Matching Items (6)

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Prenatal Care, Immigration and the Welfare State: A Comparative of the Hispaniola and US-Mexico Dynamics

Description

This thesis examines the problems that occur when the politics and practices of social services, specifically maternal and prenatal care, are guided by a distorted understanding of immigration. It compares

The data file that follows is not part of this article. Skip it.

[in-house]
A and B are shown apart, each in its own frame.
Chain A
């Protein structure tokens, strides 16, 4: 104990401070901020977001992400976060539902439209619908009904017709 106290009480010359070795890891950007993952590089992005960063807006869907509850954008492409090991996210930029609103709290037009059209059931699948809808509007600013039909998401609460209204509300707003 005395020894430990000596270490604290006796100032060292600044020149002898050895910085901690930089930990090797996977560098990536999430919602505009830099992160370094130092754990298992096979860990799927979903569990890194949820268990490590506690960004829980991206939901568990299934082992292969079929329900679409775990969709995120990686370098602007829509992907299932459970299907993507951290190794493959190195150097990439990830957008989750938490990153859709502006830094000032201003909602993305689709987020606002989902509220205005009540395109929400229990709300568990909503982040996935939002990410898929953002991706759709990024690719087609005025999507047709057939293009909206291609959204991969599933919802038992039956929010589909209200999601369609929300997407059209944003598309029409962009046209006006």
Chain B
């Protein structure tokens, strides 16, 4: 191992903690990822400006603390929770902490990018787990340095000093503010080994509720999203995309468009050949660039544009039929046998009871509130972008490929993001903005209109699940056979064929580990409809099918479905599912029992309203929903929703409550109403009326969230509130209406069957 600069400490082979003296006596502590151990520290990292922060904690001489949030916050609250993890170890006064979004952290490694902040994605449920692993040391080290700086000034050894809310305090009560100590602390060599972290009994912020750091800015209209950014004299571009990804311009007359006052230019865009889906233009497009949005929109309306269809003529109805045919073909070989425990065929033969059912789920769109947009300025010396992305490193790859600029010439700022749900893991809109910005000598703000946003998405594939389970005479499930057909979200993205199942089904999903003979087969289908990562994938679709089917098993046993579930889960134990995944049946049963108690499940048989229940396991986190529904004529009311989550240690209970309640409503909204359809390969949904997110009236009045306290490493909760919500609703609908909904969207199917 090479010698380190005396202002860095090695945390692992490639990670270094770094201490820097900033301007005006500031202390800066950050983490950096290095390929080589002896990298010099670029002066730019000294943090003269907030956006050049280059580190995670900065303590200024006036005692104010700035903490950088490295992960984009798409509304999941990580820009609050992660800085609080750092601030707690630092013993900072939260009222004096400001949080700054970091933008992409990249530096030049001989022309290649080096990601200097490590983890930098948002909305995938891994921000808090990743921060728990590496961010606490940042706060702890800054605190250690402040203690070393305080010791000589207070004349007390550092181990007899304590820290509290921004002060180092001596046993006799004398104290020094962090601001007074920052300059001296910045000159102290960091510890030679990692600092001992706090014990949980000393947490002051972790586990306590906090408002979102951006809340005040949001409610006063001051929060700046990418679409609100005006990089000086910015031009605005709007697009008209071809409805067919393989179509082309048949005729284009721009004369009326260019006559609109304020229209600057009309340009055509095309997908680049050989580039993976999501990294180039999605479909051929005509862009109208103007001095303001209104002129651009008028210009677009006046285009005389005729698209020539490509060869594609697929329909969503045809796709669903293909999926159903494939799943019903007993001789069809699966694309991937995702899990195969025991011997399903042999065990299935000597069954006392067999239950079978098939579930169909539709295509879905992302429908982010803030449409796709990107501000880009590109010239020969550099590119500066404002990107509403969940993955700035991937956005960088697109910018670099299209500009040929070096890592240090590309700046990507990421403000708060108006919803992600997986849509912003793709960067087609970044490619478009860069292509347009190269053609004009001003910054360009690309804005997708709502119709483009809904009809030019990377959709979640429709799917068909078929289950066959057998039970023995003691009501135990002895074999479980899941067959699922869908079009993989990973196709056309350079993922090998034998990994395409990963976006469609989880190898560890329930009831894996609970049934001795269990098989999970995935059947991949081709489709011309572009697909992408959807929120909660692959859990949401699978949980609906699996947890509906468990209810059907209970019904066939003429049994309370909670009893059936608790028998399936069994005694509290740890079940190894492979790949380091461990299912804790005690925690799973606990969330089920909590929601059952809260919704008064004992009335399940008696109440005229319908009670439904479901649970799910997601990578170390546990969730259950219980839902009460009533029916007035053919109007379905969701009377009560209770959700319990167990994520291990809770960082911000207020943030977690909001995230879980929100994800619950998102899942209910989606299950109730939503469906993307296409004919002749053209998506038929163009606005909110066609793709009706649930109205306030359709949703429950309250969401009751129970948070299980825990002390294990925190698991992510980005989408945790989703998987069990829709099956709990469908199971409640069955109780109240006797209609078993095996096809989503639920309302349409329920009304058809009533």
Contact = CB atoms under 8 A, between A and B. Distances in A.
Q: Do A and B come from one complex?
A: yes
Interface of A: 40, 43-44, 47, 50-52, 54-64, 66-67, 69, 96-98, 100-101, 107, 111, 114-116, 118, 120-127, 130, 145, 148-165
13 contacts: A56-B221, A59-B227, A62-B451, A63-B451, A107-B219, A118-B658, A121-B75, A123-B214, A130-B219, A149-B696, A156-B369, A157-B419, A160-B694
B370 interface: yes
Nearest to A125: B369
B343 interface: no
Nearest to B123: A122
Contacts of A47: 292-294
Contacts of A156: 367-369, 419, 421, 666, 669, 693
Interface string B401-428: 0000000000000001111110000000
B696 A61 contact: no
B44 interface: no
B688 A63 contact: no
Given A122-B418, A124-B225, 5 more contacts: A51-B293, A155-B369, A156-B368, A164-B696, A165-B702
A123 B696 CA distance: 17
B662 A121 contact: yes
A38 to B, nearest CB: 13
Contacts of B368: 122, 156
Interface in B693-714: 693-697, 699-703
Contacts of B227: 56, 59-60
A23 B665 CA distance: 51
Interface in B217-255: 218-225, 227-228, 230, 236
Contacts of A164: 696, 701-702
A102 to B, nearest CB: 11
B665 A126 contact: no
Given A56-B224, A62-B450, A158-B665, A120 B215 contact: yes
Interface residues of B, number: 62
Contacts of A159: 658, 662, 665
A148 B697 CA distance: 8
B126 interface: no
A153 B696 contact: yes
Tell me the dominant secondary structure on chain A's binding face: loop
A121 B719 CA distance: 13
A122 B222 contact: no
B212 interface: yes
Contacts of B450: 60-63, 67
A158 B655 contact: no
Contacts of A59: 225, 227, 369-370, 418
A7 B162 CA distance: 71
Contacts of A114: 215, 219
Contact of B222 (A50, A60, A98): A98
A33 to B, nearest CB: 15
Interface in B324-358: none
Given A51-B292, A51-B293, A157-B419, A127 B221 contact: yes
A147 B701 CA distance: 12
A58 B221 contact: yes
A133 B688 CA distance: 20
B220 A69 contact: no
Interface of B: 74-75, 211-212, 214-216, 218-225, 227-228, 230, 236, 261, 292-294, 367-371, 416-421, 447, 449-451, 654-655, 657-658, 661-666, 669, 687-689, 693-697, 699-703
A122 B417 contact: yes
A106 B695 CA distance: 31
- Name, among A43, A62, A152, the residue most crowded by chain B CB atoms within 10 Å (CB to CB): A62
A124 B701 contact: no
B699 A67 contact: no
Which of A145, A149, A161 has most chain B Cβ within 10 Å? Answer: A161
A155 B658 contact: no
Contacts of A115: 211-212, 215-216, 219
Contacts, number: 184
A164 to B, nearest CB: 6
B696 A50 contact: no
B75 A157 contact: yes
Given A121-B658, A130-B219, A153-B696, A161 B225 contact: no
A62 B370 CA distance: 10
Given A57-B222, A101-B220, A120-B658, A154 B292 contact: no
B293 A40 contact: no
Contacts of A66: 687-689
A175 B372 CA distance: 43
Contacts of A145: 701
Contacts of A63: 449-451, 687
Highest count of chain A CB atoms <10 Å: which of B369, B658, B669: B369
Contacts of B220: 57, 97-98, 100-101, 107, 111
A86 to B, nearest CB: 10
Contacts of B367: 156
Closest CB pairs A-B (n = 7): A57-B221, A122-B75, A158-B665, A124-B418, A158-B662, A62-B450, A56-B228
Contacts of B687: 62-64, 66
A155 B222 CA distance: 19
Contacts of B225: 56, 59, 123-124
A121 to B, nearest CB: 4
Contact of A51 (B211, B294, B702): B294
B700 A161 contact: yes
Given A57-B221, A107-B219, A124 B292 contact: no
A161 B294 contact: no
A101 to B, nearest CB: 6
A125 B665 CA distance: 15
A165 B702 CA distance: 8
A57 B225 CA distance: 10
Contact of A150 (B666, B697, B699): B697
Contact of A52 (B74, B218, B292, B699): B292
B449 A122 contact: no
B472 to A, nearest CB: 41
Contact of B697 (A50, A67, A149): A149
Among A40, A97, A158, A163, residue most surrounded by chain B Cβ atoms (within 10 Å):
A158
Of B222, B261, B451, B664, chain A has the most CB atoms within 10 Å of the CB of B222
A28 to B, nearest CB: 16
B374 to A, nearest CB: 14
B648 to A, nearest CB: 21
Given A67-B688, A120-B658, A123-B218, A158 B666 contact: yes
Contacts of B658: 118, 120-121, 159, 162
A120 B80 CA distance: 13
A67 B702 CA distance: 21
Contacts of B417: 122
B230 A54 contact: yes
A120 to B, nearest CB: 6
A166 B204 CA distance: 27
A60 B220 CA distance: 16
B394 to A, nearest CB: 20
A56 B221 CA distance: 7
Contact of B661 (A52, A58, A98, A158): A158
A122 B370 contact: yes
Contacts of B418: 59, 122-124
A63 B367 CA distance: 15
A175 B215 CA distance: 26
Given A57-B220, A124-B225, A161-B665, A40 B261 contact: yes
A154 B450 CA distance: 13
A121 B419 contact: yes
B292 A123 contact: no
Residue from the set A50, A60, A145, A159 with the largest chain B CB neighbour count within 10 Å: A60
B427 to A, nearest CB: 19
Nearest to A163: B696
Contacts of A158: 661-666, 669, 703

This thesis examines the problems that occur when the politics and practices of social services, specifically maternal and prenatal care, are guided by a distorted understanding of immigration. It compares the politics and practice of this care across two international borders: the U.S.-Mexico and that within Hispaniola. In an ideal world, care would be extended to all individuals regardless of citizenship. However, since every welfare state has its limits at the national border, citizenship matters to both federal governments and medical professionals. Government-provided resources play an integral role in the current immigration debate, as these programs are a collective investment in which all individuals contribute in order to sustain it. The United States developed the welfare state in order to provide necessary resources to those who could not afford it. Its creators did not view these services as a handout, rather as a support for the future workforce of the country. However, health care was and still is not provided on this model of economic and social citizenship. Current U.S. healthcare policy dictates that no one can be turned away in an emergency situation because someone cannot pay their medical bill, including undocumented immigrants. But for immigrant mothers carrying children across the border, maternal and prenatal care does not qualify as an emergency and the federal government aid typically does not extend to them them as citizens. When care is extended to undocumented immigrants in the United States at all, it typically is provided to the child through Medicaid, who is by dint of the Fourteenth Amendment considered a citizen after birth. The relation between the Dominican Republic and Haiti offers a more complex situation, as the idea of birthright citizenship has recently been revoked. Following the Haitian Earthquake in 2010, the only healthcare to which many Haitians had access was across the Hispaniola border. Haitian women who give birth to children in the Dominican Republic are often not evaluated by a doctor until they are entering the delivery process, and even then health-care is complicated by or denied because of racial prejudice and unclear legal situation. In September of 2013, the Constitutional Court of the Dominican Republic issues a new ruling which declared that any immigrant born between 1929 and 2010 without documentation of their own or of their ancestors does not have citizenship, rendering many Haitians born in the Dominican Republic essentially stateless. To be born to a non-citizen mother typically means the child will likely be born with little or no prenatal care, and the mother will receive poor or inadequate care. Prenatal care is one of the most inexpensive elements of a care-model that carries huge returns relative to its costs. All governments would benefit from improved access to maternal and prenatal care because its future citizens who receive such care would be born healthier and have fewer expensive chronic illnesses. Fewer chronic illness among a population would have huge returns on the welfare state because fewer people would be utilizing it for expensive medical treatments. Though most medical professionals condemn the extreme act of denying care to pregnant women or infants (documented or not), the Dominican Republic and the United States have a popular politics that embraces this cruelty, despite the fact that both pride themselves on a multi-ethnic population. It is easy for policymakers to incriminate undocumented immigrants and claim that they are responsible for an illegitimate share of the consumption of the country's resources. Therefore, it seems likely that the host country's perceptions of immigrant natality and maternity help construct a negative image of the immigration "problem" in such a way that laws and policies are designed without accurate rationale. This thesis examines how the United States and the Dominican Republic might improve the relationship between the culture of healthcare and the role of the legal system for immigrants and their children. It seeks to understand the reasons, motivations, and consequences for denying immigrants services on the account of their citizenship status. The social, economic, and health consequences of being an undocumented citizen will be examined. Current legal policy and what political roadblocks and cultural prejudices must be overcome in order to implement a successful policy will be reviewed. Finally, the best practices prenatal care as a national investment will be discussed, as will the problem of cross-cultural perception of natality, maternity, and immigration.